Nanny reading a book to a child

12 Mistakes Parents Make When Hiring a Nanny

Families with two working parents have a variety of childcare options they might consider. Many opt for a traditional daycare facility, which usually incorporates education and play in an institutional setting with trained teachers. Alternatively, parents might drop their kids off with a fellow parent or licensed provider who offers childcare out of their home. A third option is hiring a nanny to care for their children inside the family home.

Benefits of Hiring a Nanny

When you consider hiring a nanny as opposed to alternative childcare options, there are many benefits.

  • Large family needs. When we found out we were expecting our fourth baby, the family friend who had been watching our other three kids in her home decided to pursue a different career path. Between my husband and I, we had two-and-a-half and later three full days off during the week, but we still needed to explore options for the other two days.

    At the time I went back to work, our eldest daughter needed to be transported to and from a full day of first grade, while our son was in a half-day of preschool three days per week. Meanwhile, we had a toddler and baby at home who napped and had needs of their own. Considering the number of kids and their various needs, we decided having a nanny come to our home was the best option for us.
  • Being in their own home. When you hire a nanny, your kids do not have to get used to a new setting on top of a new caregiver. They can have naps in their own beds, in a quiet environment. They will also likely be exposed to fewer germs because there will not be other kids (besides siblings) being cared for in the same space.
  • Saving time. When a nanny comes to your home, you no longer have to factor in daycare drop-off and pick-up into your day. You don’t even have to get young kids fed or dressed for the day before you leave for work! This effectively gives you more time with your children and allows you a little more time to leave home or work.
  • Easy access to the kids’ stuff. Hiring a nanny saves you from having to pack a daycare bag, meals or snacks, or bottles for your kids. Whatever your kids need during the day is easily accessible to them, from a change of clothes to their favorite books and toys.
  • Daytime activities. One thing that was really convenient about having a nanny was that we did not have to sacrifice enrolling our kids in daytime activities. Our nanny drove our kids to and from Vacation Bible School one week, and to my son’s engineering camp another week.
  • Having someone at the house. It can be nice to have someone at the house during the day when you are not there. If you want a load of laundry switched over, the nanny may be willing to do that. She may be able to accept packages, pop your pre-made dinner in the oven, or turn off the curling iron you realized you left on in the bathroom.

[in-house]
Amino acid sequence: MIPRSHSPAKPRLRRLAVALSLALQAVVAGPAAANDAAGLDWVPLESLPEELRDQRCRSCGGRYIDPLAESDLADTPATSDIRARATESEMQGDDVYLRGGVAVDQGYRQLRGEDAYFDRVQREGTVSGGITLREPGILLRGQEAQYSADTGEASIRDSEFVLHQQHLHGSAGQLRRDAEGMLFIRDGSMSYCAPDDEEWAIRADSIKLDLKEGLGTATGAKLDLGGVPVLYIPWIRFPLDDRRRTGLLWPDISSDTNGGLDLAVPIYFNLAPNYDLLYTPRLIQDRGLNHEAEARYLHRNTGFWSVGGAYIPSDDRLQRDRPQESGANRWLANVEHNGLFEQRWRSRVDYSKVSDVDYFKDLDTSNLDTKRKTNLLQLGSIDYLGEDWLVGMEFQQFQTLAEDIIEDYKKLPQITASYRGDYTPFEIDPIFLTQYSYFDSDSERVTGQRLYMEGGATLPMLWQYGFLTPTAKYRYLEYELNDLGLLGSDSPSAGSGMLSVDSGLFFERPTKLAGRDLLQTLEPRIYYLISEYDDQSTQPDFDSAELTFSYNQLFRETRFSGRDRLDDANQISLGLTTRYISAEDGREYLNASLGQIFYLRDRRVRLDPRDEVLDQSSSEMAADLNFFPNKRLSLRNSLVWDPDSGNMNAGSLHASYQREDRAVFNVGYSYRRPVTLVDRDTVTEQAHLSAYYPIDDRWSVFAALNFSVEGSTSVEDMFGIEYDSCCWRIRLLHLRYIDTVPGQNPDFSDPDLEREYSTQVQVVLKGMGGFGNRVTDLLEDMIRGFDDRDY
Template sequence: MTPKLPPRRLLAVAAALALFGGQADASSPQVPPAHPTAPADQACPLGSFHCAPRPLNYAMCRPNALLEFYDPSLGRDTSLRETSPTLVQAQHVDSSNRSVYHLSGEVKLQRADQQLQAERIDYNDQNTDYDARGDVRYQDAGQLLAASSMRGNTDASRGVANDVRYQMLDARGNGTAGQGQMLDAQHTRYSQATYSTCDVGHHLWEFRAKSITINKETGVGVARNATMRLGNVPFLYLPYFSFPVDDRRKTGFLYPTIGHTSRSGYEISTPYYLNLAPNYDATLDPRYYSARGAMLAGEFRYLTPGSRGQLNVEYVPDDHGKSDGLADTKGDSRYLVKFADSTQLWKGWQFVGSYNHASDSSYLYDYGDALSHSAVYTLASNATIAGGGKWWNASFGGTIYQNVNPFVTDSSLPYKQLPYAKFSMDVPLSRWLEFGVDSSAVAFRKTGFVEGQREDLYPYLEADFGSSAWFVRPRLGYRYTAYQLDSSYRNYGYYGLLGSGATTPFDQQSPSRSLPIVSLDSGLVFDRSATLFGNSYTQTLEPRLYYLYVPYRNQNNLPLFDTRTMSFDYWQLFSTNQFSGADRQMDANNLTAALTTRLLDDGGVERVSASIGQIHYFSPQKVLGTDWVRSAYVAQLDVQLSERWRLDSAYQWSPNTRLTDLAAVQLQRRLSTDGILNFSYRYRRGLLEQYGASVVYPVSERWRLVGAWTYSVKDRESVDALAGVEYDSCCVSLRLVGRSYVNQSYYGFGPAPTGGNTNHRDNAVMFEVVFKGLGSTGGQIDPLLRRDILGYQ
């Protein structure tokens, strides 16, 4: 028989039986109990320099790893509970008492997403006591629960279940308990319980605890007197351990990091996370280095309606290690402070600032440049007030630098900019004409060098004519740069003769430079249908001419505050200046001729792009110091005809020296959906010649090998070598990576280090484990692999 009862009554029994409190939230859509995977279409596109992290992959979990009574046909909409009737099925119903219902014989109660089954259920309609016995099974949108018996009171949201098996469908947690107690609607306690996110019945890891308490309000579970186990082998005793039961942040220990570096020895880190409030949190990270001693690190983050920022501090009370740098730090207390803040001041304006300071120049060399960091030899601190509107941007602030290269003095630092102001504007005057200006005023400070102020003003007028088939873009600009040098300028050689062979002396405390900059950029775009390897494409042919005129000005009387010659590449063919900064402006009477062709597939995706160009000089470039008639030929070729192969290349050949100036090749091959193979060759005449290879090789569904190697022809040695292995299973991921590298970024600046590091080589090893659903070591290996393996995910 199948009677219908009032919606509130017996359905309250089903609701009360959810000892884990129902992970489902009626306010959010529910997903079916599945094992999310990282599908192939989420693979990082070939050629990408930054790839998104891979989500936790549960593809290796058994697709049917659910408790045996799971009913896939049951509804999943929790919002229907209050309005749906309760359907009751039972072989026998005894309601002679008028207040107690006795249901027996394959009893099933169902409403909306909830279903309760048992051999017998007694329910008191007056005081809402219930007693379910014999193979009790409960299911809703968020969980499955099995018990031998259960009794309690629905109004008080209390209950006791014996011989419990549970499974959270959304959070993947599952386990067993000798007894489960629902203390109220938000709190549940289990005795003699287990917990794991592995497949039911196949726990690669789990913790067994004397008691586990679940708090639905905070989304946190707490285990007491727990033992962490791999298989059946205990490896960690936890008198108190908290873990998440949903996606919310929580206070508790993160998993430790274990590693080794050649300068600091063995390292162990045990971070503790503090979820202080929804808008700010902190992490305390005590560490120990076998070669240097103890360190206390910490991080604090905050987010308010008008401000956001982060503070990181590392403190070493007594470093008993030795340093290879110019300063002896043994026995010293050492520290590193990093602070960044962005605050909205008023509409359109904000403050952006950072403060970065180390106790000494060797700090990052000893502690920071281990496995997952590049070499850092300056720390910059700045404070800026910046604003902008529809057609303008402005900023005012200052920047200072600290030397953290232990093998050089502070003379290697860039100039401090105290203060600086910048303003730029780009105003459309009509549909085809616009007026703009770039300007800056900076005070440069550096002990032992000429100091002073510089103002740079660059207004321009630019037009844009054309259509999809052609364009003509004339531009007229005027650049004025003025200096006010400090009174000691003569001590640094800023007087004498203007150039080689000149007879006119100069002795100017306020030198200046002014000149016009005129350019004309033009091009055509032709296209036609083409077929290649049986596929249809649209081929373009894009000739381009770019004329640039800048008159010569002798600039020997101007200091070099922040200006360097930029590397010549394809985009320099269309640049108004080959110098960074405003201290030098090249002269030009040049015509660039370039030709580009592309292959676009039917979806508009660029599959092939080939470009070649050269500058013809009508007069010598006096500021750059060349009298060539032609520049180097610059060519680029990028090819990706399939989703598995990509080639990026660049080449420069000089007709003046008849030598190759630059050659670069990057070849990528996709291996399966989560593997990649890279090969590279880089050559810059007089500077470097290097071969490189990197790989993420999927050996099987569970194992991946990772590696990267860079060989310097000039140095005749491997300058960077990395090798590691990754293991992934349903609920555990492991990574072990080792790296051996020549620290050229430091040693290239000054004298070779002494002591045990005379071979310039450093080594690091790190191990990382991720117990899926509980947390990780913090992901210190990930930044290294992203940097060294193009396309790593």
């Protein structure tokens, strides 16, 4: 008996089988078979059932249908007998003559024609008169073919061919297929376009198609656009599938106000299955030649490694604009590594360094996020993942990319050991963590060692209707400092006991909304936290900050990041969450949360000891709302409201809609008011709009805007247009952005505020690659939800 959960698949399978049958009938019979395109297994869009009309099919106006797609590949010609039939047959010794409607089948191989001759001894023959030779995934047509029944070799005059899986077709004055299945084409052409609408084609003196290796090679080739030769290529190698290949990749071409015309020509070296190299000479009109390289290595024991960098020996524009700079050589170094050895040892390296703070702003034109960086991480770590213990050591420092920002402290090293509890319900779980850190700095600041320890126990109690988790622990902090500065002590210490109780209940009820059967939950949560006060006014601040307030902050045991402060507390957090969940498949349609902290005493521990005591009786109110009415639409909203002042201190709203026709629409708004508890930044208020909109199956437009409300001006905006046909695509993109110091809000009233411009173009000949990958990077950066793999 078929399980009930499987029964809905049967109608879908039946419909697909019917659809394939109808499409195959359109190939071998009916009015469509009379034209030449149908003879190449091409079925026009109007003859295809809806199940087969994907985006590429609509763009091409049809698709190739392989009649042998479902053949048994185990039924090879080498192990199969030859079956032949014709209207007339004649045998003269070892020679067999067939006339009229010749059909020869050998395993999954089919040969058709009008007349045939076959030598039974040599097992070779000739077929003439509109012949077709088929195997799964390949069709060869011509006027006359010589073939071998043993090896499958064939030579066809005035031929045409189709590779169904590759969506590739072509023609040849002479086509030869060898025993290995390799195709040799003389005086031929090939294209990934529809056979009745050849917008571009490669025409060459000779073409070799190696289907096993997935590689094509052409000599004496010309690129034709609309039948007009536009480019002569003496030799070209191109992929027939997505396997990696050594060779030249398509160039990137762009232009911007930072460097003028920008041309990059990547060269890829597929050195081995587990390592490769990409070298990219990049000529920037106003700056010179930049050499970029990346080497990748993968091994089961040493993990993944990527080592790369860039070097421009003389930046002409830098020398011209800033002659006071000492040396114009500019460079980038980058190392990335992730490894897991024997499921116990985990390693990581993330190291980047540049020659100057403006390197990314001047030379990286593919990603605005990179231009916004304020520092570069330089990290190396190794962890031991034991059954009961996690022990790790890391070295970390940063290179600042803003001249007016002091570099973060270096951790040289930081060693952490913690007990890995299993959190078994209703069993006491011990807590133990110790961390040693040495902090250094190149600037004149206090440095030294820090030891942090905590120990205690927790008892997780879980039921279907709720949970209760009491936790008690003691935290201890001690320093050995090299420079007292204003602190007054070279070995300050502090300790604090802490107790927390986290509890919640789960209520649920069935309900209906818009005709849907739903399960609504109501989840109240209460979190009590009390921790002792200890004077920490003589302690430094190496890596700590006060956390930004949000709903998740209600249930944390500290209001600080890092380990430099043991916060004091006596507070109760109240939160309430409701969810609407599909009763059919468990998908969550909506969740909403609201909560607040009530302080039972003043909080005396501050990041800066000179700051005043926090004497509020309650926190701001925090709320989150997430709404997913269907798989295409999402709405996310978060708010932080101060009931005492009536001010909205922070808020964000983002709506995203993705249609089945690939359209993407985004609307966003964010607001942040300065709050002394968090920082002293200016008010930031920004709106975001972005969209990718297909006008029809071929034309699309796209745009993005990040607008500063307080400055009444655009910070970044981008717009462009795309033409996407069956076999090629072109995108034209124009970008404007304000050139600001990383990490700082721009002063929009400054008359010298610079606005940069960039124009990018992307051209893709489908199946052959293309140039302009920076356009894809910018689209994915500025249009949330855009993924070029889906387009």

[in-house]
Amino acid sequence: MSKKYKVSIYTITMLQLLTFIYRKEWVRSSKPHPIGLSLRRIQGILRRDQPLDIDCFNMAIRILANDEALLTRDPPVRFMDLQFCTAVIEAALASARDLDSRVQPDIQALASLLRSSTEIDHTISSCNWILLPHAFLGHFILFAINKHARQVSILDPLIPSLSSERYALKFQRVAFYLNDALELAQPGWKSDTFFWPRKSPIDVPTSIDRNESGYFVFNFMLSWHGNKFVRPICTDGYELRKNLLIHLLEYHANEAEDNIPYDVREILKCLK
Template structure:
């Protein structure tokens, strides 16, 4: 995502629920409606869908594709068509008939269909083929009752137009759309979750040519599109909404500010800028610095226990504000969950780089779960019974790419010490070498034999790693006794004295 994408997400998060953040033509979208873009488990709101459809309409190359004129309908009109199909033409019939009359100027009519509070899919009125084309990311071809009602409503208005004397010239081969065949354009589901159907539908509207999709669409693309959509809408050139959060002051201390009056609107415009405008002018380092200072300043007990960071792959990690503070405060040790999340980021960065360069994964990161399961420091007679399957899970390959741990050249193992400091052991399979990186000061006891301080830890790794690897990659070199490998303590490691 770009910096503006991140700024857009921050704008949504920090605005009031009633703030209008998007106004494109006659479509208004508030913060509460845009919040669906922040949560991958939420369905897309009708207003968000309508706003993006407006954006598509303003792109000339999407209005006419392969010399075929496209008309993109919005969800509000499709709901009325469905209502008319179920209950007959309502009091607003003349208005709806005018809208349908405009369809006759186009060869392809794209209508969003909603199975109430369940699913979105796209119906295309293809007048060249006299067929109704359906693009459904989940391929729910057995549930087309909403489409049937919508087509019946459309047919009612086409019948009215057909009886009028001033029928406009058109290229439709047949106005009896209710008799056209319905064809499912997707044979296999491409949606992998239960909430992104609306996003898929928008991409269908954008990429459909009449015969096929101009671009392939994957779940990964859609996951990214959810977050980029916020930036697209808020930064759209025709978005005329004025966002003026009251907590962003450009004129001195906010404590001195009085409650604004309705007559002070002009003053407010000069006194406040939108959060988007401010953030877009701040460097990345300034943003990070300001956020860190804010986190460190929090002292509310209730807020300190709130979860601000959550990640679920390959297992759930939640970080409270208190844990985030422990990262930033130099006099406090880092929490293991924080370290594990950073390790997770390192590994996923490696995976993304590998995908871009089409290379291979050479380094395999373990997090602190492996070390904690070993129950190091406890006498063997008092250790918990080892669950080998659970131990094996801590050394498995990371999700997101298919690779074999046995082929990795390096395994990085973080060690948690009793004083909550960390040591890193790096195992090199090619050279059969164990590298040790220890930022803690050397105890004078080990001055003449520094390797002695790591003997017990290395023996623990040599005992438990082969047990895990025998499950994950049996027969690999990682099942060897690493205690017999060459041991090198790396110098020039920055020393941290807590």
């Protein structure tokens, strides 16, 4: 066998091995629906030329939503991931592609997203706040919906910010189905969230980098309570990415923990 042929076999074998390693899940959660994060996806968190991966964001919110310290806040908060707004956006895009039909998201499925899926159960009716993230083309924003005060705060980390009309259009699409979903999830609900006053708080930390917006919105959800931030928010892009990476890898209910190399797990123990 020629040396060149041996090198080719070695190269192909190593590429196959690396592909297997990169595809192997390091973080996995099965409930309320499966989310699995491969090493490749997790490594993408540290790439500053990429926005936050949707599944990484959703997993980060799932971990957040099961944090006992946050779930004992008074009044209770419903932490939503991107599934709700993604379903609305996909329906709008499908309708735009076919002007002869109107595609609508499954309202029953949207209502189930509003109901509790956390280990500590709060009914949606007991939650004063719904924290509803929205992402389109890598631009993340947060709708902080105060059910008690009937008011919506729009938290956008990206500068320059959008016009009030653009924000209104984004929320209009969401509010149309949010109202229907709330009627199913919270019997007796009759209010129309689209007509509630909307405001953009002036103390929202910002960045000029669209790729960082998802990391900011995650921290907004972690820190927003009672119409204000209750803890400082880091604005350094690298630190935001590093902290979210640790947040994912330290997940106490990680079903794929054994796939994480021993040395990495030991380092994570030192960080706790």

• Personalized attention. Perhaps one of the greatest benefits of hiring a nanny is the personalized attention your kids will receive. No other kids will be competing for the nanny’s attention, as they would if your kids were in a daycare setting or even in another mom’s home who has her own kids to take care of. Additionally, nannies often prepare enriching activities for the kids, which can be tailored to their interests.

Mistakes Families Make when Hiring a Nanny

Even though hiring a nanny has many benefits, it may be more complicated than you initially imagine. Make sure you are prepared for every aspect of hiring a nanny, and avoid these common mistakes.

Mistake #1: Not Having a Nanny Contract

When you enter into an employment agreement with the nanny, have a contract to make sure that everyone is on the same page. Among other things, your contract should:

  • map out your nanny’s responsibilities, 
  • address sick or vacation time policies, 
  • document rate of pay and expected hours, and
  • outline the termination policy.

Both the family and the nanny should agree to the terms, sign the contract, and keep a copy on file. You will want to review the contract on a regular or as-needed basis.

Be sure that your expectations for the nanny are both spelled out and fair. For example, consider being clear about what happens if one-off schedule changes arise, and how you will reimburse or pay for any agreed-upon craft supplies or outings.

We used this sample nanny contract as a starting point.

Mistake #2: Not realizing your nanny is considered a household employee.

Some people mistakenly believe nannies are independent contractors. In fact, they are considered household employees. They work in your home on your terms, rather than their own. When you hire a nanny, your household becomes a place of business, so you will need to register for an Employer Identification Number. You will also be liable to follow laws regarding household employees, such as minimum hourly wage laws, overtime laws, and tax laws.